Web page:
10. When I worked in an engine shop I used a machine similar to that head facer. If the head wasn’t too bad to begin with, with care and a bit of experience a decent job could be produced. We only had the 221 flathead in the U.K. it was used in trucks mostly for the military until 1957. Apparently they had to be kept revving hard to do any work, unlike most truck engines of the day. They didn’t last very long. Drivers found it difficult to get used to the idea of high revs they earned the nick name “The gutless wonder”.

  11. Our 1930 Ford Model AA 1- 1/2 ton Stakebed was assembled at the Ford San Francisco Plant. It saw service as a Resort Supply Truck. In 1941, its 10 year old toughly used engine was replaced with a Ford Factory Rebuilt Engine. It saw heavy duty all during WW-2 as the resort had a new Contract for “R& R” for Military Officers. War over, It was retired to “Farm use”. in 1956. We saved it it from its “barn grave” in 1984. It ‘s with us, in W.V. , about ready for its next Parade & Festival season! Soon, it will get a valve grind with adj. tappets! & Modern – grind cam, gear, and a Bearing shims adjustment , done with TLC ! It will be its first “bearing take-up”, since 1941, and I’m going to do her rings, and ridges too! ’41 to 2018 = 67 years of service. I want her “vacation days” to be trouble free ! Edwin W. her Hibernation months are almost over!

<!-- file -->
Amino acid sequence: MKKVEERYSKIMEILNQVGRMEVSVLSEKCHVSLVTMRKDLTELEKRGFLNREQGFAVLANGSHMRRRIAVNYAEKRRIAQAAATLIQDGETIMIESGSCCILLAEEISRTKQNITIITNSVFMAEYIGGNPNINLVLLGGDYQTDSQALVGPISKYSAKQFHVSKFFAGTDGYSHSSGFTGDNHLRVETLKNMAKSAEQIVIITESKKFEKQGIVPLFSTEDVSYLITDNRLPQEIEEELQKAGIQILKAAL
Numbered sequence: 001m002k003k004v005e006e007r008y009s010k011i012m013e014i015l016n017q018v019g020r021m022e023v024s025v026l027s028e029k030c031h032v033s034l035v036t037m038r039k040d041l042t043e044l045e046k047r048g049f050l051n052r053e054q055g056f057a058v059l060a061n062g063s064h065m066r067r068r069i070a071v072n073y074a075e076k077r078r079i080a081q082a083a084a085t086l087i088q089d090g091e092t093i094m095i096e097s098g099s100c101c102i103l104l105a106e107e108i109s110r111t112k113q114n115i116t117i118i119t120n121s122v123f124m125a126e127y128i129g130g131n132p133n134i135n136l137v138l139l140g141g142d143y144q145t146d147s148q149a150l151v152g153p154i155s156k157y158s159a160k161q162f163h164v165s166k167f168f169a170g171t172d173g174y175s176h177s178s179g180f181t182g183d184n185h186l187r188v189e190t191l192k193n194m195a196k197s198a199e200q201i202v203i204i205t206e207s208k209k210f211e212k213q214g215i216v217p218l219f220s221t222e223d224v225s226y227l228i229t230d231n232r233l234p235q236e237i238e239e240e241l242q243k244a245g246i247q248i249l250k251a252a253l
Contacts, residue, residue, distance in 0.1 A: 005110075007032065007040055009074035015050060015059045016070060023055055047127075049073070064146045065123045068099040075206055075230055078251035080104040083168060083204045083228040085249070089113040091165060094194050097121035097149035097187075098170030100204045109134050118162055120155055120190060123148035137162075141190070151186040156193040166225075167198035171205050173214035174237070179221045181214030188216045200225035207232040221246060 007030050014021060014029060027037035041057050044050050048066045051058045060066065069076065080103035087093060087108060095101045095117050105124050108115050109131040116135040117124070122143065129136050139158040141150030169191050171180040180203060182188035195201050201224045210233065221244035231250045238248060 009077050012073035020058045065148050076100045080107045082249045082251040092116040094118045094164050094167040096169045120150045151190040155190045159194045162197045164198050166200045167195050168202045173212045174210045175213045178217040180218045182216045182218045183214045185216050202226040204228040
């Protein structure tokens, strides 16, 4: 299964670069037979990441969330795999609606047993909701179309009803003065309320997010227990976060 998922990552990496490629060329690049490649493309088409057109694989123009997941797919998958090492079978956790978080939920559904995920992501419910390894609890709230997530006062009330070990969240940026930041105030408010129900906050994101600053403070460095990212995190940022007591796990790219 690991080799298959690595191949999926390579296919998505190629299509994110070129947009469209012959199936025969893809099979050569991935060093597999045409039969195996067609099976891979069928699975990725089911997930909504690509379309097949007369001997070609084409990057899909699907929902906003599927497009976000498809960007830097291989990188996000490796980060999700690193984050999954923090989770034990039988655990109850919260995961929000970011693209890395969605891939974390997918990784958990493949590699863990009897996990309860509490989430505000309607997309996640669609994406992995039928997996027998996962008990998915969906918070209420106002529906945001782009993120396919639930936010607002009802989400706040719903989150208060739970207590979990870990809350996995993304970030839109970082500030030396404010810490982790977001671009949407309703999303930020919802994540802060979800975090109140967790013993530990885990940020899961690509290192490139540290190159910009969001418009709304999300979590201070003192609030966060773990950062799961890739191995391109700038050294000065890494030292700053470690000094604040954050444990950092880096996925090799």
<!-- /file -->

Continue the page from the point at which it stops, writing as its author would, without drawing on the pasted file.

12. Operating a mechanical repair shop in the early 1970’s, I installed several “factory rebuilt” assemblies from Ford, including crankshafts with bearings, and carburetors. The quality was significantly better than was available from local machine shops.

  13. When I was a youngster in the 1950s living in Bedford, Quebec, there was a Ford engine rebuilder in town known as Eastern Rebuilders which no doubt served the Canadian market. I’m sure the inside of the shop looked just like the pictures posted here. The owner was a family friend with kids my age who were school mates and friends of mine. While it was a successful concern then, I don’t know how long it remained in business since we moved away in 1961. My first ride in a 2-seat T-bird was as a kid in the owner’s ’56 model, likely running one of his own rebuilt engines.